In terms of macronutrients, Blue Carnivora’s real stand-out is the protein content, which sits at a massive 54.6%. Even for a wet food, this is incredibly high, and reflects the high amount of quality meat in the recipe. The fat content, 31.8%, is also high, and the carbohydrate content is an estimated 0%. It’s important to note that this is an estimate only and doesn’t mean that the food is completely carb-free, but this number still indicates that very little space in the food’s recipe has been wasted on carbs.

For those owners who have a puppy or senior dog, Blue Buffalo also stocks a puppy and senior version of the Woodland Blend recipe. This is comforting to many owners, as it means that you won’t have to go through the stress of finding an appropriate adult dog food once your pup grows, or a new senior food once your adult dog starts to age. 

In sum, Blue Buffalo’s Woodland Blend is a great, meaty dog food that adheres strongly to the canine ancestral diet. The high protein and fat content also gives it a great taste, so if you have a picky puppy then this is a particularly strong choice.

Best Dry Food

Wysong Epigen 90 Dog & Cat Food

  • Packed with protein
  • Includes probiotics
  • Suitable for dogs and cats

Doggypedia rating: 5/5

First 5 Ingredients: Chicken Meal, Organic Chicken, Meat Protein Isolate, Chicken Fat (preserved with Mixed Tocopherols), and Gelatin.


Calories/100g: 489 kCal/100g

Macronutrients (Dry-Matter Basis):

Protein: 70% minimum
Fat: 17.8% minimum
Carbs: 6.1% maximum

Best Dry Dog Food

Coming in at number three is Wysong’s Epigen 90: a unique product that definitely earns the title of the best natural dry dog food on the market.

The major problem with many dry foods is that they’re stuffed full of grain fillers and thus contain much less meat than wet dog food does. Wysong, however, has managed to completely solve this issue. They’ve packed their dry kibble full to the brim with meat, including chicken meal, organic chicken, chicken fat, and meat protein isolate. The latter ingredient would normally be a concern, as it’s technically an unspecified meat source, but Wysong has ensured that the ingredient is actually 100% pork protein. 

The really incredible thing about this product is the protein content, which is a massive 70%. This is unprecedented in a dry dog food and remedies the problem that many kibbles face. Despite the huge protein content, the fat content is quite modest, 17.8%, which means that the energy density isn’t much higher than other dry foods.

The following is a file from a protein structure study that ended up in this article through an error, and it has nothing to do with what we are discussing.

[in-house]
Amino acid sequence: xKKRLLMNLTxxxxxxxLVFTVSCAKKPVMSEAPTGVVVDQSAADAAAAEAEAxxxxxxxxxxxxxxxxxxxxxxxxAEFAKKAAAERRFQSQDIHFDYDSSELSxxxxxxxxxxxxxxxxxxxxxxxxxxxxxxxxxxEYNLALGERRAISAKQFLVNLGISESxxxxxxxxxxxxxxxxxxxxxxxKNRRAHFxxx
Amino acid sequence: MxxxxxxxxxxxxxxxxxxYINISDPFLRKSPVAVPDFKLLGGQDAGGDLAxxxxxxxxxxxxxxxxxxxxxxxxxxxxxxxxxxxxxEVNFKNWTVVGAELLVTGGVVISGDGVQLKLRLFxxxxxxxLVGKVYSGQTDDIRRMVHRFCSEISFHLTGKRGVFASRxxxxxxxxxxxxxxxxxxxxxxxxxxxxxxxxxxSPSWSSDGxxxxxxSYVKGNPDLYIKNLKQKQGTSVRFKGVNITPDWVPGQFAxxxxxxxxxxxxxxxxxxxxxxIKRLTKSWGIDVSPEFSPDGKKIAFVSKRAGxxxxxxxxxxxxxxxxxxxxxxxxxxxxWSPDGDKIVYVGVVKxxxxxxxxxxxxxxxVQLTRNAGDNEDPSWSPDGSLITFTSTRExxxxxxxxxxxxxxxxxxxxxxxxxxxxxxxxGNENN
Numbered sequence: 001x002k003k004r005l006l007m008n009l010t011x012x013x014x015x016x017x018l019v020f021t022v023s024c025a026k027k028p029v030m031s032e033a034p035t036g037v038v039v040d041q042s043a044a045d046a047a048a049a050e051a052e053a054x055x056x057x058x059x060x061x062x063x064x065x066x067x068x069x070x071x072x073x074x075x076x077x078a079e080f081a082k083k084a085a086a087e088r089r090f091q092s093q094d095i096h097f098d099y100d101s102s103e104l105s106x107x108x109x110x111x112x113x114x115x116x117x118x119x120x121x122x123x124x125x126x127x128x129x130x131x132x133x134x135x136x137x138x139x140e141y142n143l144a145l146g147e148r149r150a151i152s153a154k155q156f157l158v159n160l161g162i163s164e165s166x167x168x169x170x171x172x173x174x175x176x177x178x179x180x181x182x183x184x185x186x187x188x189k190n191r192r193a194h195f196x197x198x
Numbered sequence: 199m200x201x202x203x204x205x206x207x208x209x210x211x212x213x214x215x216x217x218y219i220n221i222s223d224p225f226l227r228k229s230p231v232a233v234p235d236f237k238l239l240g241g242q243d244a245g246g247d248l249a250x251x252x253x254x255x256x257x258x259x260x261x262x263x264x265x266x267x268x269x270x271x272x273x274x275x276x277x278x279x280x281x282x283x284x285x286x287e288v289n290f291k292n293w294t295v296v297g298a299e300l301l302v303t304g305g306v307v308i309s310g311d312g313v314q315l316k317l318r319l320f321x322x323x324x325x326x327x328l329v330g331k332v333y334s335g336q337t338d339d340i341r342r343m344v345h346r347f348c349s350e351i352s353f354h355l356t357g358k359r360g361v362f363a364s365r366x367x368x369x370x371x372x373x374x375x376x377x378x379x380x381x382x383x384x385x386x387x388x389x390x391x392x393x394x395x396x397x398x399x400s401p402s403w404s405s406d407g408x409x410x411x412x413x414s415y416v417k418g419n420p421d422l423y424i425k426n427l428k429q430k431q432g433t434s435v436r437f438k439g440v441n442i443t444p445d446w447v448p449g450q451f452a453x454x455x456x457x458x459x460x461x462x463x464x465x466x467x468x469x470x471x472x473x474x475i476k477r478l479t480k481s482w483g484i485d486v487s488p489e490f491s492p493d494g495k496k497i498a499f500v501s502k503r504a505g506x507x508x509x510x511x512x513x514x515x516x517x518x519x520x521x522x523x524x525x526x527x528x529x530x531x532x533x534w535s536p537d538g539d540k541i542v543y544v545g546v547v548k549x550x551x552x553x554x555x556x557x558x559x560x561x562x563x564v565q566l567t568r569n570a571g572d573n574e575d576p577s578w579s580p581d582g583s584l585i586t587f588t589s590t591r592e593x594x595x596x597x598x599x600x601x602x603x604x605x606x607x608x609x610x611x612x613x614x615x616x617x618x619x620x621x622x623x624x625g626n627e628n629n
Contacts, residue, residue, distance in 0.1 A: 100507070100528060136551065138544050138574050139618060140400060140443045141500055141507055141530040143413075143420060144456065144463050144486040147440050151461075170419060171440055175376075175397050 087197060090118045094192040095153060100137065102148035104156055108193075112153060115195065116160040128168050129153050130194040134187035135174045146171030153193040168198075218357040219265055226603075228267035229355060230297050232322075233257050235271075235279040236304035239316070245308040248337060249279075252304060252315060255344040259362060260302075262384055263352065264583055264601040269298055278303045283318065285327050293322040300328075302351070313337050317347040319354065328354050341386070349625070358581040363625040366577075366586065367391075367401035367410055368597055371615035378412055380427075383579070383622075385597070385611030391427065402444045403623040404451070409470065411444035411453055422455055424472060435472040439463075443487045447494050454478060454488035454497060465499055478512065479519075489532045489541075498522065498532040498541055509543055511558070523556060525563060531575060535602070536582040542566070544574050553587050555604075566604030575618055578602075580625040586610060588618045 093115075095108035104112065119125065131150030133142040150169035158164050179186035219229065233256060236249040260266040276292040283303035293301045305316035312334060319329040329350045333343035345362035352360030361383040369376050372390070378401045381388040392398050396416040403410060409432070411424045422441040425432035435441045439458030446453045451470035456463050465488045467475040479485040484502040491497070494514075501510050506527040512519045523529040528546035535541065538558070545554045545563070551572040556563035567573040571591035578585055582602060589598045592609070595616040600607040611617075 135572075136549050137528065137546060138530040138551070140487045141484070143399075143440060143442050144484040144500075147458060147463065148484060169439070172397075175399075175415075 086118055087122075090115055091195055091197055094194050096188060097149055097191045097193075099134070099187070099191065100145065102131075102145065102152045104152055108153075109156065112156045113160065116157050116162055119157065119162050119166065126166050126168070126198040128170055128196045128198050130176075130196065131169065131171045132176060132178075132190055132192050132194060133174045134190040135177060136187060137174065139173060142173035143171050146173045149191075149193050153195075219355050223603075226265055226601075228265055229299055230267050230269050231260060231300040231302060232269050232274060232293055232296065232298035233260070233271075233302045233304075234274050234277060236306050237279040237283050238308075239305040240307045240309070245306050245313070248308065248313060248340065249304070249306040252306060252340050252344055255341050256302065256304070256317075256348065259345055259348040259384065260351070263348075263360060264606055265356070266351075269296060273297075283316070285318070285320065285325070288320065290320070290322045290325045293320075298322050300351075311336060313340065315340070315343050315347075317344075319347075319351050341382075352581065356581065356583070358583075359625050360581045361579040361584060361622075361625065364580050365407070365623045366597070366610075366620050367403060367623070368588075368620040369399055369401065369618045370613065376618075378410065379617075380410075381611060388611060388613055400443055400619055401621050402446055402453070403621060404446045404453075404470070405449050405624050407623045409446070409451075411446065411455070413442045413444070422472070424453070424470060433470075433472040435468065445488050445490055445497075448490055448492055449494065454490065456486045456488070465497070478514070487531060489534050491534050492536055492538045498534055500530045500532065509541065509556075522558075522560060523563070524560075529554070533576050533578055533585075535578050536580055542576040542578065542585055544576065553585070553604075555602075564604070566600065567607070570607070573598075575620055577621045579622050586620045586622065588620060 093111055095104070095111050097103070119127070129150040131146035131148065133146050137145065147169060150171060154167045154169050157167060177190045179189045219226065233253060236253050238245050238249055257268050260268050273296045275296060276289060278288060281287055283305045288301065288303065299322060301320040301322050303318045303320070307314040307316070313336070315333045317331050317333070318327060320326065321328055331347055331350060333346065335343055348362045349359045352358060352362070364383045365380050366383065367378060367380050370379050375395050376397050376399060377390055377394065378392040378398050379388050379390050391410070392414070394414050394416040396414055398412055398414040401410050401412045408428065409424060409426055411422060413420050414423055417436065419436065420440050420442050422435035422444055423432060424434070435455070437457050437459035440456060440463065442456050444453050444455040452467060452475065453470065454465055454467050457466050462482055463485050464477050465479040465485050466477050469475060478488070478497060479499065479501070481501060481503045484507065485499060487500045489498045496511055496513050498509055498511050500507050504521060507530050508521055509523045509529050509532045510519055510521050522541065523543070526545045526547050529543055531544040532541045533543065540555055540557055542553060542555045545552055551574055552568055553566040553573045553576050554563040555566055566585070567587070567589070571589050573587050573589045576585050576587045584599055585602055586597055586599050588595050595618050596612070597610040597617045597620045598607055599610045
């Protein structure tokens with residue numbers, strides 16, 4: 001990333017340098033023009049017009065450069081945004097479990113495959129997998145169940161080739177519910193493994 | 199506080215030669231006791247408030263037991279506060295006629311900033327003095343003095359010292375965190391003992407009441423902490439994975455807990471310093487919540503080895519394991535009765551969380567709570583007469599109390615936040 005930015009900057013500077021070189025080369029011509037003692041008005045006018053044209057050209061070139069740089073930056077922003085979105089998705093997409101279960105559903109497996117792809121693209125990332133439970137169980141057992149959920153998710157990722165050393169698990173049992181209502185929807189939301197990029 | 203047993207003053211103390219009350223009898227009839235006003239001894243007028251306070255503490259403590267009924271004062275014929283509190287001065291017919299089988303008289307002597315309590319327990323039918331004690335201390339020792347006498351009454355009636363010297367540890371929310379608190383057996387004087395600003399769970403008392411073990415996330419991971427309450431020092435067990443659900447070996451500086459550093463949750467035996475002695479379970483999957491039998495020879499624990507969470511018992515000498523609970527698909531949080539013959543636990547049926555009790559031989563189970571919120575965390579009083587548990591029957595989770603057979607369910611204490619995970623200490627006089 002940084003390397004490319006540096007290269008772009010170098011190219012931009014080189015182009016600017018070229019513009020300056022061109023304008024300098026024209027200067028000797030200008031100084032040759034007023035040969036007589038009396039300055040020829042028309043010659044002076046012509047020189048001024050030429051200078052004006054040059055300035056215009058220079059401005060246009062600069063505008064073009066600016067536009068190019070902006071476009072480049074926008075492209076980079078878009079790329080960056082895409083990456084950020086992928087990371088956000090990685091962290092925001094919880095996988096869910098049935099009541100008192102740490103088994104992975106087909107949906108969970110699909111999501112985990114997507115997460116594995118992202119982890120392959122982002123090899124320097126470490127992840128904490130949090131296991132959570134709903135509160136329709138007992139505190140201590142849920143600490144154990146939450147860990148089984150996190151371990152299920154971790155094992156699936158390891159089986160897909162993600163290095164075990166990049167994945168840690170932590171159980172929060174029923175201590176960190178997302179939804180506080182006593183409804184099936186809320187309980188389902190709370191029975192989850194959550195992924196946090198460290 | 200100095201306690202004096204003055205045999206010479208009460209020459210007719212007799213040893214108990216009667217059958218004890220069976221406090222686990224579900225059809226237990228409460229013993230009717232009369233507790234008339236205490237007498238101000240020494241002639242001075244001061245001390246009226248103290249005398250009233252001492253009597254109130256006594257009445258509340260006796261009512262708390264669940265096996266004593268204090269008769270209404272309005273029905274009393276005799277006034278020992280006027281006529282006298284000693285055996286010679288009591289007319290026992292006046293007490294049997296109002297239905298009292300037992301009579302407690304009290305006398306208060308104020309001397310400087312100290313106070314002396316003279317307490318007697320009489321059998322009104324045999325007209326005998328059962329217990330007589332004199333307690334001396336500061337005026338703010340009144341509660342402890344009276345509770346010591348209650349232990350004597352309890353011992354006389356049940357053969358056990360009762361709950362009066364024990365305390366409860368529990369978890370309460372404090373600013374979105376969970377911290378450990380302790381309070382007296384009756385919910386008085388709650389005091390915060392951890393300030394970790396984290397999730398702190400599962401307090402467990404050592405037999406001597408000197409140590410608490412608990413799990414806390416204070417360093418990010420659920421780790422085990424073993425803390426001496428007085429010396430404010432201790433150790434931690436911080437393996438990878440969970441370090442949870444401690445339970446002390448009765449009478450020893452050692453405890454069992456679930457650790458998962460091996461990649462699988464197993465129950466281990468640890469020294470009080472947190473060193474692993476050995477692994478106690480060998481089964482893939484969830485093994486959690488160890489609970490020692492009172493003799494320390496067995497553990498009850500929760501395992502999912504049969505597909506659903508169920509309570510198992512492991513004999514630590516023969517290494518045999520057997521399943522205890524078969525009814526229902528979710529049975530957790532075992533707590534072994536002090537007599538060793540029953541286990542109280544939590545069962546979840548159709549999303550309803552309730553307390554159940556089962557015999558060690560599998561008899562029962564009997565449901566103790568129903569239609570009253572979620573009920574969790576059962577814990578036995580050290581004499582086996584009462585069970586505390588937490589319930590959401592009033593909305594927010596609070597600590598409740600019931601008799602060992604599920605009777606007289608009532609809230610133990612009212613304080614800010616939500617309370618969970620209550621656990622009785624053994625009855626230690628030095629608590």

The carbohydrate content, which is 6.1%, is sourced from ingredients such as chia seeds, which provide quality dietary fiber. Another notable ingredient is the various strains of probiotic bacteria in the recipe. Probiotics help to balance your pup’s digestive tract and boost their immune system, so if your dog has a sensitive stomach then you may find that this product is particularly good.

Another unique benefit worth mentioning is the fact that Wysong Epigen 90 is suitable for both dogs and cats. This is quite rare and is a great feature for pet owners who have a cat and a dog living under one roof; you don’t need to worry about your dog getting into the cat food or your cat getting into the dog food, as it’s the same product!

Wysong’s Epigen 90 is a truly unique dry dog food that’s packed full of meat, leading to a high protein content and high nutritional value. The fact that it’s suitable for both dogs and cats will be the icing on the cake for many pet owners. A very healthy option.

Freeze Dried

Vital Essentials Rabbit Entree Mini Nibs

  • Fantastic protein content
  • Includes lean rabbit meat
  • Suitable for all life stages

Doggypedia rating: 5/5

First 5 Ingredients: Whole Rabbit, Rabbit Liver, Rabbit Heart, Rabbit Lung, and Herring Oil.


Calories/100g: 359 kCal/100g

Macronutrients (Dry-Matter Basis):

Protein: 59.1% minimum
Fat: 15.1% minimum
Carbs: 17.2% maximum

Best Freeze-Dried Dog Food

Dog food number four is another one with an exceptional protein content: Vital Essentials’ Rabbit Entree Mini Nibs. With a freeze-dried recipe, a strong macronutrient profile and a short, non-deceptive ingredient list, this is a great product for those looking for a simple, well-made dog food.